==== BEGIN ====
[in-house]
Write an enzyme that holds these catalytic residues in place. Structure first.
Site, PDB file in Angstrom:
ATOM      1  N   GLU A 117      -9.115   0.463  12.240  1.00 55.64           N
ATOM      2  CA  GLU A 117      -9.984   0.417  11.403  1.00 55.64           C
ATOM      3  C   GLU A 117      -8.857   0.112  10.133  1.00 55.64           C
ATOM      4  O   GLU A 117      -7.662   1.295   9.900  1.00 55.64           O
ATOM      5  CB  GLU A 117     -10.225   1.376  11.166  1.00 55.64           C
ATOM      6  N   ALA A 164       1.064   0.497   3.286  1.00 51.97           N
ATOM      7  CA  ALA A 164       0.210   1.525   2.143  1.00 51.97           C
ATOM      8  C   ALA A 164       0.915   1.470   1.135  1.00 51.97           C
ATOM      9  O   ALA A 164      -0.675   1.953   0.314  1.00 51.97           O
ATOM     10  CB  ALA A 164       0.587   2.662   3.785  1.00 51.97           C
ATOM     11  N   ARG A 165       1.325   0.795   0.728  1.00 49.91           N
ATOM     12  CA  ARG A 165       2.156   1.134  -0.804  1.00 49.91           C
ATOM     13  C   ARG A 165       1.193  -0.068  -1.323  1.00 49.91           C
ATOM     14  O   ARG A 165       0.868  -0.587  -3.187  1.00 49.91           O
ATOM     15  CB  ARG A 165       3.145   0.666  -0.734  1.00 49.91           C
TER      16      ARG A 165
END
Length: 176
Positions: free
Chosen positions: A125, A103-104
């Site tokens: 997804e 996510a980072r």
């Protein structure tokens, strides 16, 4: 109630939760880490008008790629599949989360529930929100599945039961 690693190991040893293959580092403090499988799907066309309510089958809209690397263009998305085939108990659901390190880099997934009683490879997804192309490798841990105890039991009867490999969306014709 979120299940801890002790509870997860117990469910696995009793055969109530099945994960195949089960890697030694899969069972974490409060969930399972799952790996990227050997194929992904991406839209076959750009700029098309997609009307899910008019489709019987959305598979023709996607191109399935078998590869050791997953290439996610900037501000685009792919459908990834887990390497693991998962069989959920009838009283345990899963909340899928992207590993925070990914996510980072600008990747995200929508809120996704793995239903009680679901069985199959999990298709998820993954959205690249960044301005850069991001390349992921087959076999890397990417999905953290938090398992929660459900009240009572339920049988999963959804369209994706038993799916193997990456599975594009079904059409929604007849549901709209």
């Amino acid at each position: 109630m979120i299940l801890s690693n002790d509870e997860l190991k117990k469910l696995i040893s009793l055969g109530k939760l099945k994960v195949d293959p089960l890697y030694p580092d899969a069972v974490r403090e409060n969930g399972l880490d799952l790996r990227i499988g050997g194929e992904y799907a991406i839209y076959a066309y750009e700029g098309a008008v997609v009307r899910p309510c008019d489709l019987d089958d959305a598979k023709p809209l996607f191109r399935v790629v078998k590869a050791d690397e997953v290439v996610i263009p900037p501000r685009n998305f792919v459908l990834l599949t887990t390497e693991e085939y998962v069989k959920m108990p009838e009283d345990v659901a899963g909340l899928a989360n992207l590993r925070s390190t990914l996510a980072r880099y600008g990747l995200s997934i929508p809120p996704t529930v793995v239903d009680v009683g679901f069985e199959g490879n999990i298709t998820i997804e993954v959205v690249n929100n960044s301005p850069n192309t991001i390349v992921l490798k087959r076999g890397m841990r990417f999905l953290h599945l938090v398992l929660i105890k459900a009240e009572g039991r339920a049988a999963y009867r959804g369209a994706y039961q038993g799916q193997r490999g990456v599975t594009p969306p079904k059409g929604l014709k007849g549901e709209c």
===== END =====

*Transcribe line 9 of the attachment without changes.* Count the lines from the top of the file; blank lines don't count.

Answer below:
ATOM      6  N   ALA A 164       1.064   0.497   3.286  1.00 51.97           N